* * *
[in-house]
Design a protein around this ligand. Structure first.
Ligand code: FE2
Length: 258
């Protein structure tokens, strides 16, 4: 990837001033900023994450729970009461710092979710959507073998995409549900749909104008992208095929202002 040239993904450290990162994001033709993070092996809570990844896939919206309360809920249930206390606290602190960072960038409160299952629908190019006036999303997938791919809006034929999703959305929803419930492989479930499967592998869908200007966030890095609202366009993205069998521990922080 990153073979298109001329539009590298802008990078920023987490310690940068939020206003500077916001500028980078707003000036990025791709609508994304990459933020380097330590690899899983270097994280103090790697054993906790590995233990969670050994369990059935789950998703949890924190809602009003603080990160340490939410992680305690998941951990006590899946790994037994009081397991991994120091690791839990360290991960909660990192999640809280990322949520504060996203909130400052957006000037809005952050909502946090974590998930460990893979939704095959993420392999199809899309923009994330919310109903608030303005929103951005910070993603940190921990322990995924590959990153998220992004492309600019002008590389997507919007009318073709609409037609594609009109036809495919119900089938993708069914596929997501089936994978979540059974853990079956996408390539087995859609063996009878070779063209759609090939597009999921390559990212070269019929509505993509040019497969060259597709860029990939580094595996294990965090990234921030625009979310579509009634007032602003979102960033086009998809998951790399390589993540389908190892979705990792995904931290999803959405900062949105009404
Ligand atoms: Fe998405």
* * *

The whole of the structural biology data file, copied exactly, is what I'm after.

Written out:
[in-house]
Design a protein around this ligand. Structure first.
Ligand code: FE2
Length: 258
């Protein structure tokens, strides 16, 4: 990837001033900023994450729970009461710092979710959507073998995409549900749909104008992208095929202002 040239993904450290990162994001033709993070092996809570990844896939919206309360809920249930206390606290602190960072960038409160299952629908190019006036999303997938791919809006034929999703959305929803419930492989479930499967592998869908200007966030890095609202366009993205069998521990922080 990153073979298109001329539009590298802008990078920023987490310690940068939020206003500077916001500028980078707003000036990025791709609508994304990459933020380097330590690899899983270097994280103090790697054993906790590995233990969670050994369990059935789950998703949890924190809602009003603080990160340490939410992680305690998941951990006590899946790994037994009081397991991994120091690791839990360290991960909660990192999640809280990322949520504060996203909130400052957006000037809005952050909502946090974590998930460990893979939704095959993420392999199809899309923009994330919310109903608030303005929103951005910070993603940190921990322990995924590959990153998220992004492309600019002008590389997507919007009318073709609409037609594609009109036809495919119900089938993708069914596929997501089936994978979540059974853990079956996408390539087995859609063996009878070779063209759609090939597009999921390559990212070269019929509505993509040019497969060259597709860029990939580094595996294990965090990234921030625009979310579509009634007032602003979102960033086009998809998951790399390589993540389908190892979705990792995904931290999803959405900062949105009404
Ligand atoms: Fe998405």